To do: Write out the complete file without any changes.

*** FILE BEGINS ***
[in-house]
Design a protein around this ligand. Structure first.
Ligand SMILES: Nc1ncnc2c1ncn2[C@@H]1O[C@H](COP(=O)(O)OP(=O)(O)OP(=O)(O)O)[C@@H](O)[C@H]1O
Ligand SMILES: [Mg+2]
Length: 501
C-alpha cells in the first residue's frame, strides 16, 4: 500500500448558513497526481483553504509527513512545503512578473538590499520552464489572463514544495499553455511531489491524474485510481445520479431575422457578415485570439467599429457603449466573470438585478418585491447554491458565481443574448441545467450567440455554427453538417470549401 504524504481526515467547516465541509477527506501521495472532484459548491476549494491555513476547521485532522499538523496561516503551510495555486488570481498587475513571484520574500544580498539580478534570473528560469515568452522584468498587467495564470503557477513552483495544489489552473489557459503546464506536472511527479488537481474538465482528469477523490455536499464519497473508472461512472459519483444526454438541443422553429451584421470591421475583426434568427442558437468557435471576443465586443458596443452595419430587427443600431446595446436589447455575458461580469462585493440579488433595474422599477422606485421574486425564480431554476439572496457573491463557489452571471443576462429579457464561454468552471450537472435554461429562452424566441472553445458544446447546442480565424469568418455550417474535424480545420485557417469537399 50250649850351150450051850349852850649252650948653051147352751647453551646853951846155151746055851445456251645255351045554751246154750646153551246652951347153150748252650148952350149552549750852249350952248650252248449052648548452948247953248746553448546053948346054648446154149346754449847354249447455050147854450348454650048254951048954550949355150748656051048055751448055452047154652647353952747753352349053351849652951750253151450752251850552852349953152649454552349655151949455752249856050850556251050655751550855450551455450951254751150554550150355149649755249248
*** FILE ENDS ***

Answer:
[in-house]
Design a protein around this ligand. Structure first.
Ligand SMILES: Nc1ncnc2c1ncn2[C@@H]1O[C@H](COP(=O)(O)OP(=O)(O)OP(=O)(O)O)[C@@H](O)[C@H]1O
Ligand SMILES: [Mg+2]
Length: 501
C-alpha cells in the first residue's frame, strides 16, 4: 500500500448558513497526481483553504509527513512545503512578473538590499520552464489572463514544495499553455511531489491524474485510481445520479431575422457578415485570439467599429457603449466573470438585478418585491447554491458565481443574448441545467450567440455554427453538417470549401 504524504481526515467547516465541509477527506501521495472532484459548491476549494491555513476547521485532522499538523496561516503551510495555486488570481498587475513571484520574500544580498539580478534570473528560469515568452522584468498587467495564470503557477513552483495544489489552473489557459503546464506536472511527479488537481474538465482528469477523490455536499464519497473508472461512472459519483444526454438541443422553429451584421470591421475583426434568427442558437468557435471576443465586443458596443452595419430587427443600431446595446436589447455575458461580469462585493440579488433595474422599477422606485421574486425564480431554476439572496457573491463557489452571471443576462429579457464561454468552471450537472435554461429562452424566441472553445458544446447546442480565424469568418455550417474535424480545420485557417469537399 50250649850351150450051850349852850649252650948653051147352751647453551646853951846155151746055851445456251645255351045554751246154750646153551246652951347153150748252650148952350149552549750852249350952248650252248449052648548452948247953248746553448546053948346054648446154149346754449847354249447455050147854450348454650048254951048954550949355150748656051048055751448055452047154652647353952747753352349053351849652951750253151450752251850552852349953152649454552349655151949455752249856050850556251050655751550855450551455450951254751150554550150355149649755249248